Real Time Laser Scanning of Aggregate Materials in Highway Construction

The quality and service life of the roadways that make up the highway transportation infrastructure are dependent upon the selection and use of high quality aggregate materials. Five state transportation agencies participated in this Transportation Pooled Fund (TPF) study, which was designed to demonstrate the use of laser scanning as a means to assess, in real-time, the quality of aggregate used in highway construction. Participating states included Kansas, New York, Ohio, Oklahoma, and Pennsylvania. The referenced technology is based on a process referred to as Laser Induced Breakdown Spectroscopy (LIBS). In this process, a high-powered laser pulse is used to excite atoms that make up the aggregate. This excitation results in the emission of light from a range of unique wavelengths (spectrum) that can be thought of as a “fingerprint” of the material. The development of a database of spectra or fingerprints of many aggregate materials with known engineering properties provides the basis for employing numerical techniques (models), similar to “fingerprint matching,” to identify the properties of unknown aggregate material. Scanning data generated in this demonstration show that the technology can differentiate between approved and unapproved aggregate sources. It has the potential to quantify specific test parameters such as acid insoluble residue (AIR), Micro-Deval loss, and specific gravity, as well as to identify the presence of deleterious materials, such as reactive chert, ASR and ACR, and D-cracking susceptible aggregate. It can be used to identify the aggregate source or sources of a stockpile of unknown material(s). A total of 113 aggregates supplied by the participating states were laser-scanned using a field prototype system located in a field materials testing laboratory in South Bethlehem, New York. The analyses in this demonstration focused on specific gravity (bulk and SSD) and absorption, D-cracking, acid insoluble residue, Micro-Deval, and Los Angeles (LA) Abrasion Loss. The results show that laser scanning can successfully predict the properties of aggregate, opening up a whole new way of analyzing aggregate materials. Based on the results presented, recommended future work is outlined, some of which has been initiated and presented herein to refine the scanning and modeling process to enhance data quality.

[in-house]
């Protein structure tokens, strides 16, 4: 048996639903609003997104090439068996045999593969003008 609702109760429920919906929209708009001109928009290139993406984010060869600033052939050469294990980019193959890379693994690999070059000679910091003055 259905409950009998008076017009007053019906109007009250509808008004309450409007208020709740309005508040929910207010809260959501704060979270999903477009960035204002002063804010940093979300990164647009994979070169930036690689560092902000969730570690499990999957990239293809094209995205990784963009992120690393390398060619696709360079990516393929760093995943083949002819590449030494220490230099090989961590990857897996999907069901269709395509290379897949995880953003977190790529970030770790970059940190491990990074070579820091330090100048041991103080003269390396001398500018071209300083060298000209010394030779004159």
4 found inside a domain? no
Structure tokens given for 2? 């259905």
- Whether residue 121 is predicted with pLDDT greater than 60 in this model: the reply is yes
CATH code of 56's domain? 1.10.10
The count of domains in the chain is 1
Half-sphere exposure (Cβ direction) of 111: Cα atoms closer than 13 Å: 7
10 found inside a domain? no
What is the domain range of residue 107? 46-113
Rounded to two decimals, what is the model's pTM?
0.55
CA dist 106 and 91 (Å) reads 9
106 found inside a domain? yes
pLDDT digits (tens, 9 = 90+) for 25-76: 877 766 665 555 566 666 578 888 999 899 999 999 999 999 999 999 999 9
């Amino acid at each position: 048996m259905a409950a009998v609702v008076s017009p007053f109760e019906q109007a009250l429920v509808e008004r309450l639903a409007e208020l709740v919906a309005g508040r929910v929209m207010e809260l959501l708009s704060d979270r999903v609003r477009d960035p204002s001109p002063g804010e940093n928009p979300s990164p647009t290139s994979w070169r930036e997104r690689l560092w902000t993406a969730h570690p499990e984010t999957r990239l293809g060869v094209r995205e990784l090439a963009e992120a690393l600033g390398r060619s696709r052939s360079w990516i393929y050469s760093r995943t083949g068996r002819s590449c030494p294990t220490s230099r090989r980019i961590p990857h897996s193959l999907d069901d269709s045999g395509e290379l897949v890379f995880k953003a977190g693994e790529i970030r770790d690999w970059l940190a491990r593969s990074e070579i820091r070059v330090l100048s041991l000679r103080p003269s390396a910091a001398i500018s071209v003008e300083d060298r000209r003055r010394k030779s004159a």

• English

Media Info

  • Media Type: Digital/other
  • Edition: Final Report
  • Features: Figures; Photos; References; Tables;
  • Pagination: 62p

Subject/Index Terms

Filing Info

  • Accession Number: 01622261
  • Record Type: Publication
  • Report/Paper Numbers: FHWA-KS-16-13
  • Contract Numbers: C1964
  • Created Date: Dec 22 2016 1:50PM